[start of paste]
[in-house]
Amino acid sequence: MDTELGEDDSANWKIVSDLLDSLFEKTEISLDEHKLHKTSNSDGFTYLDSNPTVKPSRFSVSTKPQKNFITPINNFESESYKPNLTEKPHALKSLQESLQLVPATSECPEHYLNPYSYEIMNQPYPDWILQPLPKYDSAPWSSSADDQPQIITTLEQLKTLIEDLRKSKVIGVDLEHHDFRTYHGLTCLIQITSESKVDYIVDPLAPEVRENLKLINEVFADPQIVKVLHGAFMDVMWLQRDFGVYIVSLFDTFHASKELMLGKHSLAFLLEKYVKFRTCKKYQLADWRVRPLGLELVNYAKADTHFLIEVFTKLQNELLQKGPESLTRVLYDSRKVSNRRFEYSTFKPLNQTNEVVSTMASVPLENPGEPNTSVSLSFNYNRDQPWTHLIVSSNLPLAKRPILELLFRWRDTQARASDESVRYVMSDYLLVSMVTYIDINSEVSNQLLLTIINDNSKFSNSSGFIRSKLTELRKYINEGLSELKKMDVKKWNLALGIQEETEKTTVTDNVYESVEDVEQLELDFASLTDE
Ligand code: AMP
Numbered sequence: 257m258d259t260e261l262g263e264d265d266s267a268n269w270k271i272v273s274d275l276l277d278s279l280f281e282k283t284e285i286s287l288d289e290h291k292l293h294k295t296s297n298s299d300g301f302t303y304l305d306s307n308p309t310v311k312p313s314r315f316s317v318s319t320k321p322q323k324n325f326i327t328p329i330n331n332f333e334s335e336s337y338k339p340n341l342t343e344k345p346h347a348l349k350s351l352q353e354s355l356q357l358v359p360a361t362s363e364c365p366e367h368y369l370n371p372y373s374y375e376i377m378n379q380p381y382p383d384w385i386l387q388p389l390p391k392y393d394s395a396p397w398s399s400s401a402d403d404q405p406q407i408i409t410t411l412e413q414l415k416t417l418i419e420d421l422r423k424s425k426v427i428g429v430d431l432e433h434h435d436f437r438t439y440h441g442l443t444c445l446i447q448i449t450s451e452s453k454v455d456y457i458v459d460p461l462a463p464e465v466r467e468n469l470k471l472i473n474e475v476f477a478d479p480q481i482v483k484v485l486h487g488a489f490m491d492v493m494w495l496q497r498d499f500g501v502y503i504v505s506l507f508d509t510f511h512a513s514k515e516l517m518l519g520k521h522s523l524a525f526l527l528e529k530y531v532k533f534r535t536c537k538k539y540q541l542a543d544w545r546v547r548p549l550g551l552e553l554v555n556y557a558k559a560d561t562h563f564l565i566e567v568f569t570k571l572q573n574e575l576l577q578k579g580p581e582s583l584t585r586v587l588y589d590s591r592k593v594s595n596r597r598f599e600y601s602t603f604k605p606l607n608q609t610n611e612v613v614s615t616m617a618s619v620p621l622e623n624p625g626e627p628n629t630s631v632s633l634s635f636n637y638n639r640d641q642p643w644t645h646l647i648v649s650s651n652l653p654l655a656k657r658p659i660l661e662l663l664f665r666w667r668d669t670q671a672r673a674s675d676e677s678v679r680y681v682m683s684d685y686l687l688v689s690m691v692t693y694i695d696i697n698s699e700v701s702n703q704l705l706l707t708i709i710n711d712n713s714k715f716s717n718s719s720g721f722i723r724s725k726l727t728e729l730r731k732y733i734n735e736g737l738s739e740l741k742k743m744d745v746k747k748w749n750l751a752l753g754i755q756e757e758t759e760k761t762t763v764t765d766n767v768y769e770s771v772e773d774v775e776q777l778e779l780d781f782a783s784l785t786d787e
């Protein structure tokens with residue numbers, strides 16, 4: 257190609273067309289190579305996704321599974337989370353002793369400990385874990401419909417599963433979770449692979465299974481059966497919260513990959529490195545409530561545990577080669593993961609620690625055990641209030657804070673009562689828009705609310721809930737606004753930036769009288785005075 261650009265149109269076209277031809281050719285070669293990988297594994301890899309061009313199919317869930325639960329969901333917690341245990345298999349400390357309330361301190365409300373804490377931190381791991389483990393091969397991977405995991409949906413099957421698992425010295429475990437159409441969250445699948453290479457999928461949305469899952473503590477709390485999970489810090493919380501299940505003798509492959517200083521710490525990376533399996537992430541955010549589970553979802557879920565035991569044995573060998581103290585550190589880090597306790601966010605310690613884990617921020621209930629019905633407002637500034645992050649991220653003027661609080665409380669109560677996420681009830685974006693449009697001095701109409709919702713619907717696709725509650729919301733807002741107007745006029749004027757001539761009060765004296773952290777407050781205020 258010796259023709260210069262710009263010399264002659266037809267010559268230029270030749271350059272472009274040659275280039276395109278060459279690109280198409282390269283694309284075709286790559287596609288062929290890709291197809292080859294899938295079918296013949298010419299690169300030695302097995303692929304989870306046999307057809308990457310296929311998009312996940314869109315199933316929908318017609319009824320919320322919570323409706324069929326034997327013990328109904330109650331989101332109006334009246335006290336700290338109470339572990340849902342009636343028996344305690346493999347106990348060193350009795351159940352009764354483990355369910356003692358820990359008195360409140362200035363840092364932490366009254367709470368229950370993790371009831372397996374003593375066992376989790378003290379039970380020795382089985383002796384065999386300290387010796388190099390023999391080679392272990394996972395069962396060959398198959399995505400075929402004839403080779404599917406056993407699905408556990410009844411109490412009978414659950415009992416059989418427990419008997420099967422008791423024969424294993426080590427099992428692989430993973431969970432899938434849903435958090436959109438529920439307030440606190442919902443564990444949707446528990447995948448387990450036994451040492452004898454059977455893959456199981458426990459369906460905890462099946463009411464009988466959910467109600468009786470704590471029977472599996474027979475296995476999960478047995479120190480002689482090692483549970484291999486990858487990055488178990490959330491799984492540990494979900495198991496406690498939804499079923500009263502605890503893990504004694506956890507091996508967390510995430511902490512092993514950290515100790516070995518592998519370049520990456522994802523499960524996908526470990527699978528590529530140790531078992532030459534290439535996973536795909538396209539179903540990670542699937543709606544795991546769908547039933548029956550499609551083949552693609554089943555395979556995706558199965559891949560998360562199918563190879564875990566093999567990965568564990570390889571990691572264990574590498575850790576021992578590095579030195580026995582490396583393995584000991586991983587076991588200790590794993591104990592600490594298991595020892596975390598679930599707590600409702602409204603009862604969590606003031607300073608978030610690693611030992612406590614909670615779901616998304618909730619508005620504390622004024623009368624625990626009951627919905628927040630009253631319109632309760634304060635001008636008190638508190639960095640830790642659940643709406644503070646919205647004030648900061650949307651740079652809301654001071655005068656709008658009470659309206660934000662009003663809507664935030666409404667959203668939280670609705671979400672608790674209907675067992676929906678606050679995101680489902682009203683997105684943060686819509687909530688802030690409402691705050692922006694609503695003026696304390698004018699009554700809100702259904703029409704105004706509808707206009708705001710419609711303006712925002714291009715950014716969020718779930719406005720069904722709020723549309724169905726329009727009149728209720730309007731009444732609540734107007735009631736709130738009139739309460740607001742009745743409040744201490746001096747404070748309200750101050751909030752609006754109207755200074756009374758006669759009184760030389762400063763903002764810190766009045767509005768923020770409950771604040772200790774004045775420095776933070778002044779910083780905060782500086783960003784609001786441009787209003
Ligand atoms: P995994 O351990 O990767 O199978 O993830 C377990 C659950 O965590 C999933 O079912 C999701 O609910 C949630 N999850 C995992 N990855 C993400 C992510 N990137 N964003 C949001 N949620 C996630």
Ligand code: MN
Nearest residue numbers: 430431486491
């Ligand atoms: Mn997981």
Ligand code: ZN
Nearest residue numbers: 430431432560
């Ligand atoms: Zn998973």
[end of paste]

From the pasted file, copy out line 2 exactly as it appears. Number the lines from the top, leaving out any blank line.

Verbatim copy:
Amino acid sequence: MDTELGEDDSANWKIVSDLLDSLFEKTEISLDEHKLHKTSNSDGFTYLDSNPTVKPSRFSVSTKPQKNFITPINNFESESYKPNLTEKPHALKSLQESLQLVPATSECPEHYLNPYSYEIMNQPYPDWILQPLPKYDSAPWSSSADDQPQIITTLEQLKTLIEDLRKSKVIGVDLEHHDFRTYHGLTCLIQITSESKVDYIVDPLAPEVRENLKLINEVFADPQIVKVLHGAFMDVMWLQRDFGVYIVSLFDTFHASKELMLGKHSLAFLLEKYVKFRTCKKYQLADWRVRPLGLELVNYAKADTHFLIEVFTKLQNELLQKGPESLTRVLYDSRKVSNRRFEYSTFKPLNQTNEVVSTMASVPLENPGEPNTSVSLSFNYNRDQPWTHLIVSSNLPLAKRPILELLFRWRDTQARASDESVRYVMSDYLLVSMVTYIDINSEVSNQLLLTIINDNSKFSNSSGFIRSKLTELRKYINEGLSELKKMDVKKWNLALGIQEETEKTTVTDNVYESVEDVEQLELDFASLTDE